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Three Natural Hot Springs in NSW to Visit This Winter

Brave the cold for a dip in one of these naturally occurring bush beauties.
By Yelena Bidé
May 14, 2020
By Yelena Bidé
May 14, 2020

in partnership with

Winter is finally upon us, but don't let the plunging temperatures confine you. One of the best ways to banish the winter blues is a leisurely soak in one of NSW's incredible hot springs. Scattered across the state, most of these natural pools are sourced from the Great Artesian Basin — a massive underground supply of freshwater — and are renowned for their many health benefits, like melting away that muscle tension. So grab your swimmers, a fluffy towel and a thermos, and get your body into one of these natural delights. You'll be loving winter in no time.

From pristine beaches and bountiful wine regions to alpine hideaways and bustling country towns, Australia has a wealth of places to explore at any time of year. We've partnered with Tourism Australia to help you plan your road trips, weekend detours and summer getaways so that when you're ready to hit the road you can Holiday Here This Year.

While regional holidays within NSW will be allowed from June 1, some of the places mentioned below may still be closed due to COVID-19 restrictions. Please check websites before making any plans.


It's not hard to see why this thermal pool in the Kosciuszko National Park is a local favourite. Quiet and secluded, with heaps to explore in the surroundings, it's the perfect destination for a crisp winter's day. Filled with water from a natural hot spring, the 20-metre pool remains at a perfect 27 degrees all year round. Get there via a short (but steep) 700-metre walk from the nearby car park, or wind your way along the three-kilometre River Walk. If the temps aren't too frosty, have a post-swim feed in the adjacent picnic area before exploring the surrounding caves.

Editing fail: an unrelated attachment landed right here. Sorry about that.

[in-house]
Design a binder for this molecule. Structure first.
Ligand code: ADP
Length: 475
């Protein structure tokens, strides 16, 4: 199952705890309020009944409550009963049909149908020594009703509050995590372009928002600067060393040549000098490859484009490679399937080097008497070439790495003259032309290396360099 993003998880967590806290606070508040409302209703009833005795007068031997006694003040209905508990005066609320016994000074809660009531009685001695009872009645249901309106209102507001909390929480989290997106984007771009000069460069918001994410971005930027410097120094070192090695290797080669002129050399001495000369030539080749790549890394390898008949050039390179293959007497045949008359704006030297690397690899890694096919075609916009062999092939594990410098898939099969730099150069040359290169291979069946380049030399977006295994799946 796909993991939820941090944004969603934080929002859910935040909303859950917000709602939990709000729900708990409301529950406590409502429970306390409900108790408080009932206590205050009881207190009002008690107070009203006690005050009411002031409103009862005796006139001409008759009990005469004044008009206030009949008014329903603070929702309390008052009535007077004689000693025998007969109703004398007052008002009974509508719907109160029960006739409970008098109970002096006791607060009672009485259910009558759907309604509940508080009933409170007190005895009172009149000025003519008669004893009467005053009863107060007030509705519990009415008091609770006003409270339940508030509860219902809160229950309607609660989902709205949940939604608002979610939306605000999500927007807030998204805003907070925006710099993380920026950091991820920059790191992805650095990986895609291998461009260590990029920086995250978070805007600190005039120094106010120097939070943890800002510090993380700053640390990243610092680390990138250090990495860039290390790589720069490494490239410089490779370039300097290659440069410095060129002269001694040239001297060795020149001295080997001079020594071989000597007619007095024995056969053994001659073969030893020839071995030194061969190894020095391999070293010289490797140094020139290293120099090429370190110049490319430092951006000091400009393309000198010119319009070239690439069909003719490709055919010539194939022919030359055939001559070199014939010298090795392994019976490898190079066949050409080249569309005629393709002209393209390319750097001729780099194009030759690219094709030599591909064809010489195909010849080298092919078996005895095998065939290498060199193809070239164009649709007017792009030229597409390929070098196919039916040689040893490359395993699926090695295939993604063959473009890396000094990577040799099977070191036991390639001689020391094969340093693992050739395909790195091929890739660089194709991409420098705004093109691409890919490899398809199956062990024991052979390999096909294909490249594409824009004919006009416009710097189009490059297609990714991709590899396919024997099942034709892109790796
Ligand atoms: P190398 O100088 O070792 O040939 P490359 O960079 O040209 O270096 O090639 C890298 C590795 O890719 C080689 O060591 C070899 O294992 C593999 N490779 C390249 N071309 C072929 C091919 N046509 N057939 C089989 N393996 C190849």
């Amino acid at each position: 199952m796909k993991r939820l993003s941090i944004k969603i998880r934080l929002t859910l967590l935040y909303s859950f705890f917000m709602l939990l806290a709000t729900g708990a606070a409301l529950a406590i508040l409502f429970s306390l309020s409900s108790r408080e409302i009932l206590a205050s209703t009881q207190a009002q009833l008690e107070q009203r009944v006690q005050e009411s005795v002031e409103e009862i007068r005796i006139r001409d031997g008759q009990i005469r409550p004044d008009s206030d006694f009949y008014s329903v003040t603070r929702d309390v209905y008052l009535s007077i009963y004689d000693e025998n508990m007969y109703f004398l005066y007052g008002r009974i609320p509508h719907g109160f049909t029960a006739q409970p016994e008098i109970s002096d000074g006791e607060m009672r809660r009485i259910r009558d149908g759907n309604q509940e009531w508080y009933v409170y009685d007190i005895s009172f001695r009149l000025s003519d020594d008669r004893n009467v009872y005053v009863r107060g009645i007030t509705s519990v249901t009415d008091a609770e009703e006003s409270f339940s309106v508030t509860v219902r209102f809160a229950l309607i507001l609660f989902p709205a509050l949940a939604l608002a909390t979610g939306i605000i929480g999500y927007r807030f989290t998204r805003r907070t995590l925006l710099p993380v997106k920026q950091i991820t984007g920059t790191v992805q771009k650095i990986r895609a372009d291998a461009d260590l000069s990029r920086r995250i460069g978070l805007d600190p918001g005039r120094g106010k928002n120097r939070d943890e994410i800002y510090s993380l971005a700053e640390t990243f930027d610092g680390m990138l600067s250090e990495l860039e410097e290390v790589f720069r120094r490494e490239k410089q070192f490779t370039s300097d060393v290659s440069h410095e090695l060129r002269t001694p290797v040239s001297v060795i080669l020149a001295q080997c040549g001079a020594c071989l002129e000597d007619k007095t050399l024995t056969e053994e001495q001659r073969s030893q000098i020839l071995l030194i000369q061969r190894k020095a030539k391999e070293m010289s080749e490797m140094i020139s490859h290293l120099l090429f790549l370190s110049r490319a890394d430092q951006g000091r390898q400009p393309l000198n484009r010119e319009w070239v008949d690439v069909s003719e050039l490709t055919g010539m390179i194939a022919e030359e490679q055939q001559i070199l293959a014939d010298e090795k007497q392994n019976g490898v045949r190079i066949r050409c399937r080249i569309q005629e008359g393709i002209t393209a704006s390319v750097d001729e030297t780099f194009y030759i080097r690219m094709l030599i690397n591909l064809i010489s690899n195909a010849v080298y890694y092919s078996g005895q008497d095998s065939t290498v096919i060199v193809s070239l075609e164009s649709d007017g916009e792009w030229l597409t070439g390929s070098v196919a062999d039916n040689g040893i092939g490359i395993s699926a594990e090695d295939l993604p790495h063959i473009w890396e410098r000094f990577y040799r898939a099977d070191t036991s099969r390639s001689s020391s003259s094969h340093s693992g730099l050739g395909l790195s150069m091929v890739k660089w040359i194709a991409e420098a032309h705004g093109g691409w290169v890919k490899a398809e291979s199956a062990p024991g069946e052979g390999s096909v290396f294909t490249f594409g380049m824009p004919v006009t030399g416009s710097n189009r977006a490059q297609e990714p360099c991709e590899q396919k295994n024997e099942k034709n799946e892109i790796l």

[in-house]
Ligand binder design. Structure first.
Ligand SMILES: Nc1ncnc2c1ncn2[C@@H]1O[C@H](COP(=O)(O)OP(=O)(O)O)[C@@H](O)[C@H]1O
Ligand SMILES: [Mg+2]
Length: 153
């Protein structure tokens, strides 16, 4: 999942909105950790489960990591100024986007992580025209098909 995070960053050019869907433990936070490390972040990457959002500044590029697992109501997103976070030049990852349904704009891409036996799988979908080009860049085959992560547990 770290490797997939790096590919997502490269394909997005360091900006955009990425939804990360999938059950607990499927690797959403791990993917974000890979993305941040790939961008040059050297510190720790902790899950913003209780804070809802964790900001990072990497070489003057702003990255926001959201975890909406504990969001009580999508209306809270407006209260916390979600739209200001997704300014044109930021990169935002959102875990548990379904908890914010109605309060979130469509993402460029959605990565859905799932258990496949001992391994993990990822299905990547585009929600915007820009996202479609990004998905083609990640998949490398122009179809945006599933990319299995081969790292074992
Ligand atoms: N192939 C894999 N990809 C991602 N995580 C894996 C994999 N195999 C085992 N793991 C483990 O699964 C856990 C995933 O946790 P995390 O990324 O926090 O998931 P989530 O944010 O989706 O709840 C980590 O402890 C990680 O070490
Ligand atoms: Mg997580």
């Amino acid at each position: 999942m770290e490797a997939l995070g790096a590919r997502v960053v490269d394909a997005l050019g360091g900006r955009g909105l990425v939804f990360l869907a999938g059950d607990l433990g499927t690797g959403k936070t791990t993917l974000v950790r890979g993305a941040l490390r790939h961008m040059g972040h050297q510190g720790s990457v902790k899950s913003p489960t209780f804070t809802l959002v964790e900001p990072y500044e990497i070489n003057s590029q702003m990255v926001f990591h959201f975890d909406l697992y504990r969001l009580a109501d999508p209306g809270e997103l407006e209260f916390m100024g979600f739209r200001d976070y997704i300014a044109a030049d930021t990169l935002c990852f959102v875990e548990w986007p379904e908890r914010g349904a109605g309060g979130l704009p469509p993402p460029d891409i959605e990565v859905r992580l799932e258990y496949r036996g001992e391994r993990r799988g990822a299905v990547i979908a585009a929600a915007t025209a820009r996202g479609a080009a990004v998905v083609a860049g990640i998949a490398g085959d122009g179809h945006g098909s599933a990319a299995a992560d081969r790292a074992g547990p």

Snowy Mountains Highway, Kosciuszko National Park, Tumut. 

Destination NSW


Located just outside the opal mining town of Lightning Ridge, these delightful baths are surrounded by remote bushland and are gloriously removed from all signs of civilisation — plus they're open 24 hours a day. You can soak in the hot waters at sunrise, sunset, or any other time your little heart desires. Night swims are particularly recommended as you can float in the 40-degree water while taking in the stunning expanse of the starry sky. A popular meeting place for Lightning Ridge residents, the baths are also a great place to get a feel for local life. Best of all? Entry is totally free.

Pandora Street, Lightning Ridge.


Want to extend your hot spring adventure into a relaxing weekend (or week) away? Pack a tent and head for the Burren Junction bore baths and campground. Camping is $5 per vehicle, and there are barbecue facilities, filtered water and electricity. Spend your days soaking in the circular pool's 41.5-degree waters and, once you've melted away the week's tensions, head into town for a beer and a meal at the bustling Junction City Hotel for a taste of country town life.

While you're in the area, you may as well visit another natural bore bath in Pilliga. It's a half-hour drive from Burren Junction, and you can pitch your tent in the camping ground for $5 a night and, although the facilities are very basic, it's well worth it for proximity to the lovely baths. Recent upgrades have added a roof over the pool area, lighting for night bathing and a barbecue and picnic area. Note: the baths are closed every Friday night for cleaning. If you'd rather rest your newly rejuvenated bod in a proper bed, book into the Pilliga Pub, three kilometres away from the baths.

Kamilaroi Highway, Burren Junction.

Whether you're planning to travel for a couple of nights or a couple of weeks, Holiday Here This Year and you'll be supporting Australian businesses while you explore the best of our country's diverse landscapes and attractions.

Top image: Yarrangobilly Caves Thermal Pool by Murray Vanderveer.

Published on May 14, 2020 by Yelena Bidé

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